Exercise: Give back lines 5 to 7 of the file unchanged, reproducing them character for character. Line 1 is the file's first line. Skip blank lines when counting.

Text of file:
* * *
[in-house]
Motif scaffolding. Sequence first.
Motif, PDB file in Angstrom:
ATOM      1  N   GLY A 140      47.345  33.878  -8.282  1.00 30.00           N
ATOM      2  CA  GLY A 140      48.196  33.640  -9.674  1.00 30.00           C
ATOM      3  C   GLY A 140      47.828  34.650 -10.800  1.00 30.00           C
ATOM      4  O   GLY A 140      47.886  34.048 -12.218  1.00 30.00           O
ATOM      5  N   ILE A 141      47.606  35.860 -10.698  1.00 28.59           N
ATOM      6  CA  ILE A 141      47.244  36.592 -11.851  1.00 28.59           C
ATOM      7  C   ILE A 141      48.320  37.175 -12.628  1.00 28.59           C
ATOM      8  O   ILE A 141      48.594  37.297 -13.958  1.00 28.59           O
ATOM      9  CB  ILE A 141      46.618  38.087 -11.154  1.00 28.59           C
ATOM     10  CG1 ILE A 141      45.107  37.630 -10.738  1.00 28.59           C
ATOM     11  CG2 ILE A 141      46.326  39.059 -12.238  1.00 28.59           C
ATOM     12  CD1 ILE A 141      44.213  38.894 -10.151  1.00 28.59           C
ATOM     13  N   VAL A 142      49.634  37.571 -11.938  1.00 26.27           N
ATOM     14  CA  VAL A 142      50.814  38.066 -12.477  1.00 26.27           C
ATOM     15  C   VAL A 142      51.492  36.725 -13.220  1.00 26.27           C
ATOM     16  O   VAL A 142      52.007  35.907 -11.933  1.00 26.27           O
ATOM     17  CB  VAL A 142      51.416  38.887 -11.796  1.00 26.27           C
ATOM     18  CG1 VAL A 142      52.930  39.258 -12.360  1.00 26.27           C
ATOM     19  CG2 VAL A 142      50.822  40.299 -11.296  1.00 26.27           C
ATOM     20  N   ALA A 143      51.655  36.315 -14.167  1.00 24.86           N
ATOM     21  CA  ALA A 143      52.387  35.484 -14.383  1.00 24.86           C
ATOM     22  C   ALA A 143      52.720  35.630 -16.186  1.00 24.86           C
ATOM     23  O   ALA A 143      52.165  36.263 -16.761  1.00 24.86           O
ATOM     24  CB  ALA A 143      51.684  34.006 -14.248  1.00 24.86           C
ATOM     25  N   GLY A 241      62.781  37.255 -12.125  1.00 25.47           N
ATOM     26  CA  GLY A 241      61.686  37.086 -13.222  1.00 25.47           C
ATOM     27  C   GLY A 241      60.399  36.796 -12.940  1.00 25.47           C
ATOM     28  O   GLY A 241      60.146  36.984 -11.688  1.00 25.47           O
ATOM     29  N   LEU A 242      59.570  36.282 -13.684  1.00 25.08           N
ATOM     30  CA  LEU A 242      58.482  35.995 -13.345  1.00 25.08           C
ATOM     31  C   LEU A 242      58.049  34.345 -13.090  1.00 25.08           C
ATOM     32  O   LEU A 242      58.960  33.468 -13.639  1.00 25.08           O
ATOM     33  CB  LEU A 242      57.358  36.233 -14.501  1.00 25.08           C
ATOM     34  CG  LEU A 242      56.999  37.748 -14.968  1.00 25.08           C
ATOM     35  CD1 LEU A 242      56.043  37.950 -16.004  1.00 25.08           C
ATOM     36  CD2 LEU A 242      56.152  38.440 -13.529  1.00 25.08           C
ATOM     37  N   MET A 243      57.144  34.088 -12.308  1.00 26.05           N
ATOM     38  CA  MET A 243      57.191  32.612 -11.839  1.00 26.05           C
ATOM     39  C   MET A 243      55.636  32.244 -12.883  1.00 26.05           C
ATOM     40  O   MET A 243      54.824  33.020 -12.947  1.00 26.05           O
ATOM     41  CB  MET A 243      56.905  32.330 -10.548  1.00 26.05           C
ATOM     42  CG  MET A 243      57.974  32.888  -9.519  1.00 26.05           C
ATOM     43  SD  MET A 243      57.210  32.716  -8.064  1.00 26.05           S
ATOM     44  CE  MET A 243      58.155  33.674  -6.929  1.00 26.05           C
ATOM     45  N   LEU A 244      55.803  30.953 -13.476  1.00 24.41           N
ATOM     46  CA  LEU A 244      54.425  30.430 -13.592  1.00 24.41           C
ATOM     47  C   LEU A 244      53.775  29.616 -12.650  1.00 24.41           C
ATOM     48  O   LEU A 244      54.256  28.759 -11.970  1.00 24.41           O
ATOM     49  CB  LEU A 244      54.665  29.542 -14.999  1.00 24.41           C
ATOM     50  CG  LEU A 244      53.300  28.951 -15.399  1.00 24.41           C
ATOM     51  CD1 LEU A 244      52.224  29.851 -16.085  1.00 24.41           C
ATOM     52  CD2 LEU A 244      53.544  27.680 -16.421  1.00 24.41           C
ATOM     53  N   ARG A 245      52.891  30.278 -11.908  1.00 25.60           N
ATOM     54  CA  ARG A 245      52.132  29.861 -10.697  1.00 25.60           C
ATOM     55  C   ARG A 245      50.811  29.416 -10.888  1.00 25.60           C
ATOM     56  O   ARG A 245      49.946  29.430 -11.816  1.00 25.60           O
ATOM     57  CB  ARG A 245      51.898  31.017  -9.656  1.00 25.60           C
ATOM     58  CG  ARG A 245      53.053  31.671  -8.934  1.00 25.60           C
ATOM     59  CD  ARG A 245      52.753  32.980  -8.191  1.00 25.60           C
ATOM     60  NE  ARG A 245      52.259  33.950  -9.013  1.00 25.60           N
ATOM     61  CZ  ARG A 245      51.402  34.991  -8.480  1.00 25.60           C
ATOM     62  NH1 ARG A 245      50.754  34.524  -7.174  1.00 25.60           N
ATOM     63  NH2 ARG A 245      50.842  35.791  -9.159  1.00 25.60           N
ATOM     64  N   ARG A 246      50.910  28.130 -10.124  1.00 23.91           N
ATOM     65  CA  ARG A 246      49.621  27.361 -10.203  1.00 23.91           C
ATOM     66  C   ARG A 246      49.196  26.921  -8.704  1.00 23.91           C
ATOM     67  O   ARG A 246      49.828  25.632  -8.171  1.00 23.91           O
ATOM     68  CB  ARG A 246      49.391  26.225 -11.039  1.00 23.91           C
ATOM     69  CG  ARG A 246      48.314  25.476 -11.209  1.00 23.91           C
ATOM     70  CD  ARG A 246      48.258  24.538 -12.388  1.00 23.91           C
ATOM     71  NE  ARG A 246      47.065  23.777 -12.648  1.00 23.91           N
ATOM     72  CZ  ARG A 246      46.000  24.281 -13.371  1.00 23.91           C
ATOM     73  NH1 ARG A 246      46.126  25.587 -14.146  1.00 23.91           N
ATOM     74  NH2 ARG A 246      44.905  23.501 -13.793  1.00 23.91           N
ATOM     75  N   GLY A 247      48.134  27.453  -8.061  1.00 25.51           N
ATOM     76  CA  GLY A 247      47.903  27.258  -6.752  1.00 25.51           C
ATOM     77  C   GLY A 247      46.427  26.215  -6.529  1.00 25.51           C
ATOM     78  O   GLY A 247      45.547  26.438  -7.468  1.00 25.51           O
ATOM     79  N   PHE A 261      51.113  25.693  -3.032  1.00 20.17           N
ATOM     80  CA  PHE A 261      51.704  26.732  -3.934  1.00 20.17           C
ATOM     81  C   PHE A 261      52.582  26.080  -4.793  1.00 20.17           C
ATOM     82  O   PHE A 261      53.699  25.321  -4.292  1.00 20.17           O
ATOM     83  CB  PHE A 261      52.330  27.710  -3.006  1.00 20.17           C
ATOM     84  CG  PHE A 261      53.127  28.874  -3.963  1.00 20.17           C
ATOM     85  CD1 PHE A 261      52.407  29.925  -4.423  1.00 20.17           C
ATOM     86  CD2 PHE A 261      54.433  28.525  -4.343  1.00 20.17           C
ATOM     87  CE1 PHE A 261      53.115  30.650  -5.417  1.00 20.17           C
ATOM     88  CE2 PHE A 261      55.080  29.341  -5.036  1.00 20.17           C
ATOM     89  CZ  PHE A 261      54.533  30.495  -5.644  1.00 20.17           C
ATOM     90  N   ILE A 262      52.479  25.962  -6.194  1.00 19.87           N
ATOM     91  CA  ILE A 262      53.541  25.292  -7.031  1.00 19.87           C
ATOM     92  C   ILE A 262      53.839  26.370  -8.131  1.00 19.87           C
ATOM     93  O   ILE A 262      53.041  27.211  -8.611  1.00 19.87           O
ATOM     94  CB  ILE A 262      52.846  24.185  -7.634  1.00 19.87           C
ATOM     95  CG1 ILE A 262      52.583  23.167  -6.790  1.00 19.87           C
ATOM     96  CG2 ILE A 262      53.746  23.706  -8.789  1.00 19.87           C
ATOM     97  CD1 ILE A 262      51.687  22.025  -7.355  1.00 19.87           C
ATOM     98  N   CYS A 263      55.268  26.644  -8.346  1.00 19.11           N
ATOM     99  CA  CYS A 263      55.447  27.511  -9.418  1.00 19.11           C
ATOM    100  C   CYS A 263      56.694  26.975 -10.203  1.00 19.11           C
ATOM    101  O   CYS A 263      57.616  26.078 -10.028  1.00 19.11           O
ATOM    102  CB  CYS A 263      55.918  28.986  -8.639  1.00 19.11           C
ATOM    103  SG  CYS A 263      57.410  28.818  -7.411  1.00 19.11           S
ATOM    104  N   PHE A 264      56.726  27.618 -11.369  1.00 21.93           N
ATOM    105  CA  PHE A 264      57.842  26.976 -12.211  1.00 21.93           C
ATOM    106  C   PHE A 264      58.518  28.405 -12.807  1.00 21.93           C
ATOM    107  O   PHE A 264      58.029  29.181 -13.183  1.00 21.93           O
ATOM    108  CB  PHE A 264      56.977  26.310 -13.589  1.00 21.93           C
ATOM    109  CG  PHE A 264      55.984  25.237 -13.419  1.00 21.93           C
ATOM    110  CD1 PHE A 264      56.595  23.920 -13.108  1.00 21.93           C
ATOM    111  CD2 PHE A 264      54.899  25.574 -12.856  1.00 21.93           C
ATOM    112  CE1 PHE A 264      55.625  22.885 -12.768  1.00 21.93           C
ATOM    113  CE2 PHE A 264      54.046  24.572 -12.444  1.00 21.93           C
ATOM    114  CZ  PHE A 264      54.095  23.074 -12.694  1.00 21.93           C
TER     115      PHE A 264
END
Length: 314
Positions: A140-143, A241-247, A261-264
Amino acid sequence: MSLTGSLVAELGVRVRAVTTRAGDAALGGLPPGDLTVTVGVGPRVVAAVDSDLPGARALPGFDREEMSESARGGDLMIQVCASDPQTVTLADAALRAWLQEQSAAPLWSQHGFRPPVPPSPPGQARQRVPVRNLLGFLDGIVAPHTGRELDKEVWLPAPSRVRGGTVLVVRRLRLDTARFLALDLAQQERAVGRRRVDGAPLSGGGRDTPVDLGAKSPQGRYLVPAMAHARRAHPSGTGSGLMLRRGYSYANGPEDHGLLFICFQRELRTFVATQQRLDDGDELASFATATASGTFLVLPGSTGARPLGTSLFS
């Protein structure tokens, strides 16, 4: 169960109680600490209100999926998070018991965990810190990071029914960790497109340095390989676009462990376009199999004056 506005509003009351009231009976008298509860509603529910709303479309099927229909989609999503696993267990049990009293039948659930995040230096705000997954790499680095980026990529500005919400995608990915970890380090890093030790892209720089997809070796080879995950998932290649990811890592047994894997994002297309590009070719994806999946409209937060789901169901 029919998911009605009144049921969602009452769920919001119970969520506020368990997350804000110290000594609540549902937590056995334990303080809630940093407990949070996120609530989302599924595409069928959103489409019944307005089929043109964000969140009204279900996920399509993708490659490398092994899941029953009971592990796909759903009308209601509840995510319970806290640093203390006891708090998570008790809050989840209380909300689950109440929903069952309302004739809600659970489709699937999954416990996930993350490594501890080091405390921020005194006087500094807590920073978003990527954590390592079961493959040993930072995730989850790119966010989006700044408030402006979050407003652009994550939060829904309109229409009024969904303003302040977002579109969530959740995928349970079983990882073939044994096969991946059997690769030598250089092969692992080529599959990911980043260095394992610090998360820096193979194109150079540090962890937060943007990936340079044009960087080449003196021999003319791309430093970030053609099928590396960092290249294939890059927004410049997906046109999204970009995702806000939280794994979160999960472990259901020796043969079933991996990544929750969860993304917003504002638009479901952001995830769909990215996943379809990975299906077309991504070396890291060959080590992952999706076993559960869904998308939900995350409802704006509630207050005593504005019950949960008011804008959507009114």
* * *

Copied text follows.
ATOM      2  CA  GLY A 140      48.196  33.640  -9.674  1.00 30.00           C
ATOM      3  C   GLY A 140      47.828  34.650 -10.800  1.00 30.00           C
ATOM      4  O   GLY A 140      47.886  34.048 -12.218  1.00 30.00           O